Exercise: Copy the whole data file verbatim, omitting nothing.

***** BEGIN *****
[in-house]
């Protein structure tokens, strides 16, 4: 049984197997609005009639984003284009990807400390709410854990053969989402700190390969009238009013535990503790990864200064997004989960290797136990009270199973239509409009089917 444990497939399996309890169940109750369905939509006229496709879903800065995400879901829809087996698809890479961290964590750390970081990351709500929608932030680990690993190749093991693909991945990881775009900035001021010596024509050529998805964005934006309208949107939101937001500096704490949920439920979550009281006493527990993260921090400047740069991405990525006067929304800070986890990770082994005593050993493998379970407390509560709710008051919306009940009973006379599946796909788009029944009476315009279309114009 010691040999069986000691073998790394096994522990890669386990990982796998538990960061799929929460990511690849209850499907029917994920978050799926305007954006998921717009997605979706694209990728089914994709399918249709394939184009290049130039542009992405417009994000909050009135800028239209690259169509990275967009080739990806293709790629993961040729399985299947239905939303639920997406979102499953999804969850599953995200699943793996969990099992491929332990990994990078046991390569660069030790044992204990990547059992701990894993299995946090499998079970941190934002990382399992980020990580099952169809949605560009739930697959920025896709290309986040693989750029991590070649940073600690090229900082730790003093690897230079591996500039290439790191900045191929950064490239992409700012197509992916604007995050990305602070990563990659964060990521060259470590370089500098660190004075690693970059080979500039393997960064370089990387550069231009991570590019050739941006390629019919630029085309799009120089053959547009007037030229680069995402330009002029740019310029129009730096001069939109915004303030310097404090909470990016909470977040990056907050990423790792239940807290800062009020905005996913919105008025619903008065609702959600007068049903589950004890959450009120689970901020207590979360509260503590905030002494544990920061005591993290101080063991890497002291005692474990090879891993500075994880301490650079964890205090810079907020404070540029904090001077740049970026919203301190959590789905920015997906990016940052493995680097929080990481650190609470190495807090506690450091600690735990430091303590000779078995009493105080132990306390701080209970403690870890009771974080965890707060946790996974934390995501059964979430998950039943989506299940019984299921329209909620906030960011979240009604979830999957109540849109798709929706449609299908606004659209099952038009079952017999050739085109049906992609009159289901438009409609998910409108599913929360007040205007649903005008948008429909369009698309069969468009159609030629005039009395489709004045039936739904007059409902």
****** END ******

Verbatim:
[in-house]
């Protein structure tokens, strides 16, 4: 049984197997609005009639984003284009990807400390709410854990053969989402700190390969009238009013535990503790990864200064997004989960290797136990009270199973239509409009089917 444990497939399996309890169940109750369905939509006229496709879903800065995400879901829809087996698809890479961290964590750390970081990351709500929608932030680990690993190749093991693909991945990881775009900035001021010596024509050529998805964005934006309208949107939101937001500096704490949920439920979550009281006493527990993260921090400047740069991405990525006067929304800070986890990770082994005593050993493998379970407390509560709710008051919306009940009973006379599946796909788009029944009476315009279309114009 010691040999069986000691073998790394096994522990890669386990990982796998538990960061799929929460990511690849209850499907029917994920978050799926305007954006998921717009997605979706694209990728089914994709399918249709394939184009290049130039542009992405417009994000909050009135800028239209690259169509990275967009080739990806293709790629993961040729399985299947239905939303639920997406979102499953999804969850599953995200699943793996969990099992491929332990990994990078046991390569660069030790044992204990990547059992701990894993299995946090499998079970941190934002990382399992980020990580099952169809949605560009739930697959920025896709290309986040693989750029991590070649940073600690090229900082730790003093690897230079591996500039290439790191900045191929950064490239992409700012197509992916604007995050990305602070990563990659964060990521060259470590370089500098660190004075690693970059080979500039393997960064370089990387550069231009991570590019050739941006390629019919630029085309799009120089053959547009007037030229680069995402330009002029740019310029129009730096001069939109915004303030310097404090909470990016909470977040990056907050990423790792239940807290800062009020905005996913919105008025619903008065609702959600007068049903589950004890959450009120689970901020207590979360509260503590905030002494544990920061005591993290101080063991890497002291005692474990090879891993500075994880301490650079964890205090810079907020404070540029904090001077740049970026919203301190959590789905920015997906990016940052493995680097929080990481650190609470190495807090506690450091600690735990430091303590000779078995009493105080132990306390701080209970403690870890009771974080965890707060946790996974934390995501059964979430998950039943989506299940019984299921329209909620906030960011979240009604979830999957109540849109798709929706449609299908606004659209099952038009079952017999050739085109049906992609009159289901438009409609998910409108599913929360007040205007649903005008948008429909369009698309069969468009159609030629005039009395489709004045039936739904007059409902």